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 Header Item Covid-19 (Drug and Alcohol Services, and Homelessness): Statements (Continued)
 Header Item Ceisteanna ó Cheannairí - Leaders' Questions

Thursday, 18 February 2021

Dáil Éireann Debate
Vol. 1004 No. 4

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  12 o’clock

Ceisteanna ó Cheannairí - Leaders' Questions

Deputy Pearse Doherty: Information on Pearse Doherty Zoom on Pearse Doherty Tá scéal ann inniu go bhfuil sé le fógairt ag NatWest amárach nach mbeidh Ulster Bank ag trádáil níos mó sa mhargadh ina dhiaidh dó a bheith anseo ar feadh 160 bliain. Drochscéal a bheas ann d’oibrithe, don phobal, do ghnáthchustaiméirí agus don gheilleagar ar fud an Stáit. Tá Ulster Bank ar cheann de na hiasachtóirí is mó do mhorgáistí agus do chomhlachtaí beaga agus measartha sa Stát seo. Gan an banc, tá baol ann go mbeidh ardú ar rátaí úis agus go dtiocfaidh lagú ar an ngeilleagar. Má tá deireadh ag teacht le Ulster Bank sa Stát seo caithfimid cinnte a dhéanamh nach dtitfidh iasachtaí isteach i lámha na gcreach-chistí.

Tomorrow, NatWest will announce the future of Ulster Bank in this State. It has been reported that Ulster Bank is set to leave the market after more than 160 years. If that is to pass, it would be a major hammer blow for workers, communities, mortgage holders and small businesses. Ulster Bank plays a key role in our communities, providing jobs for more than 2,400 people across the State and with 88 branches serving very important communities and more than 1 million customers. It is a major player in our banking sector, responsible for 20% of all SME lending and with a 15% share in the mortgage market. In 2019 alone, it provided €3.1 billion of new lending into our economy. The Deputy Governor of the Central Bank wrote to me back in September and said that the Irish banking sector is already heavily concentrated, with five banks accounting for the majority of mortgage lending and only three banks accounting for the majority of SME lending. Ulster Bank is one of them. The Deputy Governor continued: "Ulster Bank's exit from the market could contribute to an upward pressure on interest rates and weaker credit availability." That is the reality before us.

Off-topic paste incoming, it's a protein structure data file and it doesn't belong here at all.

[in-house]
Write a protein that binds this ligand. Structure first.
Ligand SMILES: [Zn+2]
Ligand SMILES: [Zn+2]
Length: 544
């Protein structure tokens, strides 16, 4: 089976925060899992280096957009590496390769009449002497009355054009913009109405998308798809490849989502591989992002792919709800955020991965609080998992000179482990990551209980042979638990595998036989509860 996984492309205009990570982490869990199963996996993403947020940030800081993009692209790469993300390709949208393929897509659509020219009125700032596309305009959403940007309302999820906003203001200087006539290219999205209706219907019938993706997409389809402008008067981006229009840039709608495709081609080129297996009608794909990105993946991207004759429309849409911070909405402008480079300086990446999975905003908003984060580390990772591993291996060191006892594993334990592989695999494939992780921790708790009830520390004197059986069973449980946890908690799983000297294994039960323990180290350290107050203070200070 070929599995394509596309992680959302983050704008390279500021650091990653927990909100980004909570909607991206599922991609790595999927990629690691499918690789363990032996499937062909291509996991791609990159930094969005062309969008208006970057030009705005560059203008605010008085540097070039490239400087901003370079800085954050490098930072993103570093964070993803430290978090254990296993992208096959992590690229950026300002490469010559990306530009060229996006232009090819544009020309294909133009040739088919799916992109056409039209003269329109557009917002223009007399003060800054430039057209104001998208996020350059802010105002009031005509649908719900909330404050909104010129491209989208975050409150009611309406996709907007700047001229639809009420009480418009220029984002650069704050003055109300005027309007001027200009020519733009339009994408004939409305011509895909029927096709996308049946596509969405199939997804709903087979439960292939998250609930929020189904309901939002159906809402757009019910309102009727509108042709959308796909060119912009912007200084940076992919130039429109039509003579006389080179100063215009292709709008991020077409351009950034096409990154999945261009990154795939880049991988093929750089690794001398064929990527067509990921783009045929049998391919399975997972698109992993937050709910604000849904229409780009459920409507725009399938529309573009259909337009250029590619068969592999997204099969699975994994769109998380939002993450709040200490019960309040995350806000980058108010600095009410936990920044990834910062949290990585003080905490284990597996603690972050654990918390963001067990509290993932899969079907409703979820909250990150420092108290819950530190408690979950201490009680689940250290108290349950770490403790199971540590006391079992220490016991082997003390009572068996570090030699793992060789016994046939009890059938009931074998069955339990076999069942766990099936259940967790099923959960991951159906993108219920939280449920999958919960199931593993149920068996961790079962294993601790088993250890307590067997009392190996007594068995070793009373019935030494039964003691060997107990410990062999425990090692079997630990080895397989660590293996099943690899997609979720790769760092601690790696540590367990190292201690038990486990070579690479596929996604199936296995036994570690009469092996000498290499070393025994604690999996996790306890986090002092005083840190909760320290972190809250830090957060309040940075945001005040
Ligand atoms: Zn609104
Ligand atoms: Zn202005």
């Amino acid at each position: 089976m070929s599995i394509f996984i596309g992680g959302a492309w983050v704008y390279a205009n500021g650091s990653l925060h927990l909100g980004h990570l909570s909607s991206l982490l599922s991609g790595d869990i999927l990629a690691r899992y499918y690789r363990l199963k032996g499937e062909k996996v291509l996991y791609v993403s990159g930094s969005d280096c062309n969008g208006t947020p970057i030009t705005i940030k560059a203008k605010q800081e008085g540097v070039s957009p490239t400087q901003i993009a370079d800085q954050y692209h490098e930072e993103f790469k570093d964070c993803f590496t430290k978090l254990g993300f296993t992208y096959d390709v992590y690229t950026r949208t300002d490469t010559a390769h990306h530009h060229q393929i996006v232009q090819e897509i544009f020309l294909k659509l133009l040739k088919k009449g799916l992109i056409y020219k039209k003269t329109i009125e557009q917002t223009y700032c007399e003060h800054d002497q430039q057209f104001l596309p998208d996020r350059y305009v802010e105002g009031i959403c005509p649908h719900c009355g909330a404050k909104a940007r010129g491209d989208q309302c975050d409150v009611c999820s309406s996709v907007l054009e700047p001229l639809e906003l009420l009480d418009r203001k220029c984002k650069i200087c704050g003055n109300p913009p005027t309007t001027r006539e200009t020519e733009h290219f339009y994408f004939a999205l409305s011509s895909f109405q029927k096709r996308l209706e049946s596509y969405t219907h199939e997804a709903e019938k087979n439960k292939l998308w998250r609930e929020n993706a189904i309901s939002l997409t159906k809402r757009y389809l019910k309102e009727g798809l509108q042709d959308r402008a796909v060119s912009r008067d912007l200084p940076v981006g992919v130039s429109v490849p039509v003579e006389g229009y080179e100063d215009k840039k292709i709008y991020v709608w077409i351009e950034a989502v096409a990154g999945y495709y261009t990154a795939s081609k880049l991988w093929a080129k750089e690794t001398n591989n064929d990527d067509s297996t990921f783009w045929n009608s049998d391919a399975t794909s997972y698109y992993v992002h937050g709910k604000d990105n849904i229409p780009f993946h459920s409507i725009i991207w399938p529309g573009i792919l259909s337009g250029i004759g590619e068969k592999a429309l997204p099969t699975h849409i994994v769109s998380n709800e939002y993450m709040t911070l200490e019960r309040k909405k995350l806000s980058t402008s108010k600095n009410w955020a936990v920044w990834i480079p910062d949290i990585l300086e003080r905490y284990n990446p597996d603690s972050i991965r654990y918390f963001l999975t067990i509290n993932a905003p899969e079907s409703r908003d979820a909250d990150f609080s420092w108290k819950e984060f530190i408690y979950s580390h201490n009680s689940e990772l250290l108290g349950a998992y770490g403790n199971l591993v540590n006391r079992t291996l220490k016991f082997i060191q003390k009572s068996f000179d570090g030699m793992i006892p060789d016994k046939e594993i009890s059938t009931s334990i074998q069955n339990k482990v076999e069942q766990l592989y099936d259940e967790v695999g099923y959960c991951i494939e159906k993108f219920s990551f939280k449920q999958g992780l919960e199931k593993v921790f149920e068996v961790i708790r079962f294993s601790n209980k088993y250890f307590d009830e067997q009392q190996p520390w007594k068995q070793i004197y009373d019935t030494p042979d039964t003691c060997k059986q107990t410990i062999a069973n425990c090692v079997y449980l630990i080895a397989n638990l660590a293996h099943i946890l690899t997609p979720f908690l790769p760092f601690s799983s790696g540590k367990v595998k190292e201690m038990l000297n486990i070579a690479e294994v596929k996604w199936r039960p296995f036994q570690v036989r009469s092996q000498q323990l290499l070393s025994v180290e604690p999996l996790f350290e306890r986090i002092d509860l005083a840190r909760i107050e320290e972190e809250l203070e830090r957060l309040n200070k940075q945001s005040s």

There has been speculation for months that Cerberus, one of the most aggressive vulture funds in this State, is circling Ulster Bank's entire €20.5 billion loan book. This would be an unacceptable outcome for homeowners and borrowers and it must be avoided at all costs. I have always said that the best scenario is that Ulster Bank remains a part of our banking sector. I hope that is what will come to pass tomorrow. However, if it comes to pass that NatWest announces Ulster Bank's withdrawal, given its impact on the banking sector, communities, borrowers and, indeed, the economy, there is a responsibility on the Government to act to ensure that all that can be done is done to minimise the damage that would be caused. We could have a €20.5 billion loan book on the line. We cannot allow vulture funds with no interest in our communities, businesses or economy to rip up that loan book.

The State remains a key player in the Irish banking sector, with a 14% stake in Bank of Ireland and a majority shareholding in both AIB and Permanent TSB. The Government must now look at how those pillar banks and Permanent TSB could play a lead role, if the worst comes to pass tomorrow, by offering some degree of security to mortgage holders, businesses, personal customers and workers. Has the Tánaiste spoken to either of the pillar banks or Permanent TSB to track a path forward in the interest of Ulster Bank staff and customers? Does he agree that now is the time to create a third force in the banking sector to challenge AIB and Bank of Ireland? On my request, the finance committee wrote to the Minister for Finance and the Central Bank a number of weeks ago requesting that they take an active role in responding to the possible withdrawal of Ulster Bank from the market? Will the Tánaiste commit to that today?

The Tánaiste: Information on Leo Varadkar Zoom on Leo Varadkar I thank the Deputy. I am aware of the media reports in regard to the future of Ulster Bank in the Republic of Ireland. This is, as everyone in the House will appreciate, a commercial matter for its owner, NatWest. It will not be a Government decision, nor does it require Government approval. However, it is a matter of real concern and one that the Government is taking very seriously. It is a matter of real concern to Ulster Bank's customers, staff and the communities it serves.